CNBC’s Elizabeth Schulze observes that contactless cards are more prevalent in the U.K. than in the U.S. Actually, only 3% of the U.S. cards are contactless as compared to 96% in South Korea and 64% in the U.K. Instead of signing or swiping, tap to pay for your coffee with these cards. These have gained popularity in the U.K. is because of the market potential, as per UK Finance’s Adrian Buckle. In 2014, London Public Transportation began accepting contactless payments that boosted the market.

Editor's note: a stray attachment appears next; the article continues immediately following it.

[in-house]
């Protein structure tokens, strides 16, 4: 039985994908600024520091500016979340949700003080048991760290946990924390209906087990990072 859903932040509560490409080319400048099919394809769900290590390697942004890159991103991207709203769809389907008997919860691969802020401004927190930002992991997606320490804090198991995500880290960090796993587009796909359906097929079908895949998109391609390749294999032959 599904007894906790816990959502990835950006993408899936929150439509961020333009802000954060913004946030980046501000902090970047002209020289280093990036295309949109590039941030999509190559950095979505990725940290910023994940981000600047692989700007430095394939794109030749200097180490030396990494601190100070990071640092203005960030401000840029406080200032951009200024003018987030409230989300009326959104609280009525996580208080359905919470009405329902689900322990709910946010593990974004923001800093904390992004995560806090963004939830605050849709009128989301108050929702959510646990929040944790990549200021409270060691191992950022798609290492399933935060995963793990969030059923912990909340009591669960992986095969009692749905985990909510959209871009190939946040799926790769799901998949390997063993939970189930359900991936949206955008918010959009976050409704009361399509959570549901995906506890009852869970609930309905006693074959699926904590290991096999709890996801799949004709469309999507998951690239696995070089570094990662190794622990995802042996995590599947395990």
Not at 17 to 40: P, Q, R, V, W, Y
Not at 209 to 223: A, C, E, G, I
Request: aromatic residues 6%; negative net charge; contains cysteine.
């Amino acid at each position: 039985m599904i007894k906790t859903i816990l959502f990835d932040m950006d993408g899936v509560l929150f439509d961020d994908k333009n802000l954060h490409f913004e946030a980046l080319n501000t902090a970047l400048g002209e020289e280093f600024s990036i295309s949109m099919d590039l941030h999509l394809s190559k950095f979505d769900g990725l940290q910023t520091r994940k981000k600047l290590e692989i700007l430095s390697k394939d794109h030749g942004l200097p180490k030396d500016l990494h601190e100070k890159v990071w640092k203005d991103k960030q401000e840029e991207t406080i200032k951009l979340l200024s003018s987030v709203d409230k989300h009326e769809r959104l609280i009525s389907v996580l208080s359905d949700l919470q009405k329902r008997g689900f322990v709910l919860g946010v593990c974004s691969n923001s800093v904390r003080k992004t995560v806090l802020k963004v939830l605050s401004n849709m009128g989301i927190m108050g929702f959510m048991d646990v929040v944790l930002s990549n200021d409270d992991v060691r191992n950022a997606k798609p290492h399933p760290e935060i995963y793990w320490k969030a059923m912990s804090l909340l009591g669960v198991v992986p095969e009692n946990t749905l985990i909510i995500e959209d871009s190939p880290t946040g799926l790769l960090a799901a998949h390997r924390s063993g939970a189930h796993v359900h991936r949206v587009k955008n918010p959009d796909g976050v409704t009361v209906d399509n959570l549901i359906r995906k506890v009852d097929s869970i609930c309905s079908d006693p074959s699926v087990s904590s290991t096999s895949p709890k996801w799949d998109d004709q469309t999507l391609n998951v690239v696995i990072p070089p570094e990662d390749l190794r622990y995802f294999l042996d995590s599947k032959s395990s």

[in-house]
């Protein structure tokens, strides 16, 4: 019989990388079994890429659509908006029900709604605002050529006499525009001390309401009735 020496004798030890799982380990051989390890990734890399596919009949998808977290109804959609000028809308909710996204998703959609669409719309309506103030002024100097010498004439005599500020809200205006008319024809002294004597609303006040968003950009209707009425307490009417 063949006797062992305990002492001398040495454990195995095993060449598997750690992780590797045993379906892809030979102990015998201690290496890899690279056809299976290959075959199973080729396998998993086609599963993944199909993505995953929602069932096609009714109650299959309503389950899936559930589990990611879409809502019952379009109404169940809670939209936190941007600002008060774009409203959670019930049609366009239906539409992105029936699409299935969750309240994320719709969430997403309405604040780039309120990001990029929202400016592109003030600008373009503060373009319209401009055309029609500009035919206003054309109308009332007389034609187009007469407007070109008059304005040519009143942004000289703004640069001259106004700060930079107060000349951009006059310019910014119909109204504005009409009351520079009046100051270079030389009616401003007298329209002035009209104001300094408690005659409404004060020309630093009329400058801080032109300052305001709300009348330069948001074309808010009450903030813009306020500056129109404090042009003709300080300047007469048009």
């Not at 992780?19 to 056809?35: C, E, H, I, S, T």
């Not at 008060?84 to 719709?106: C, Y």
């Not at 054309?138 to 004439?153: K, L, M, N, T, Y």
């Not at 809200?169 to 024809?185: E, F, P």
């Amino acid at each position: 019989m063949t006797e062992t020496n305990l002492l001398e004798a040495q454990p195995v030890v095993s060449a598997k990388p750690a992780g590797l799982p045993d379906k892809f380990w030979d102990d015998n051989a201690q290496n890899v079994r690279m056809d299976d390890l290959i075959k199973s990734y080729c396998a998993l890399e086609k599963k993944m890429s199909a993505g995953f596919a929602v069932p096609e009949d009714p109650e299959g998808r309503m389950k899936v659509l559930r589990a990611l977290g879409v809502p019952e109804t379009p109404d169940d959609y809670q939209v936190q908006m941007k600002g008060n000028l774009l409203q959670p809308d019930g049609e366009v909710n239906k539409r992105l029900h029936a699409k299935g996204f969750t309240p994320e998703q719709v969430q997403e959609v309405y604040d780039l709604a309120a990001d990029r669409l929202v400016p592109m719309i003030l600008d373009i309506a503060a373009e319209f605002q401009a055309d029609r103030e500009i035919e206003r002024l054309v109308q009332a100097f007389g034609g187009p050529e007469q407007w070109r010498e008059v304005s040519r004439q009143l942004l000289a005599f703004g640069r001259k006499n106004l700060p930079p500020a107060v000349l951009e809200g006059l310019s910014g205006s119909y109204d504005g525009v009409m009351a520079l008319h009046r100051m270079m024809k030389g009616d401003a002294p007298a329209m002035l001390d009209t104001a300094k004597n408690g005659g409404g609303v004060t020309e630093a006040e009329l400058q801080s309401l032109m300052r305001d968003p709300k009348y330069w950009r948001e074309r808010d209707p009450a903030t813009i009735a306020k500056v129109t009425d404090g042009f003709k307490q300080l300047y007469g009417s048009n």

Meanwhile, 55% of the U.S. citizens prefer cash payments for transactions less than $10 for groceries, fast-food restaurants, and pharmacies. However, they are yet to get used to chip cards which are claimed to be more secure. JPMorgan Chase is issuing millions of contactless cards to customers. Visa expects over 100 million to be used actively by Americans by Dec, 2019. Public transport networks like in the New York City are starting to warm up to the new transaction system. However, some shoppers are ditching cards entirely for their online wallet systems like Apple Pay, Alipay, or WeChat Pay.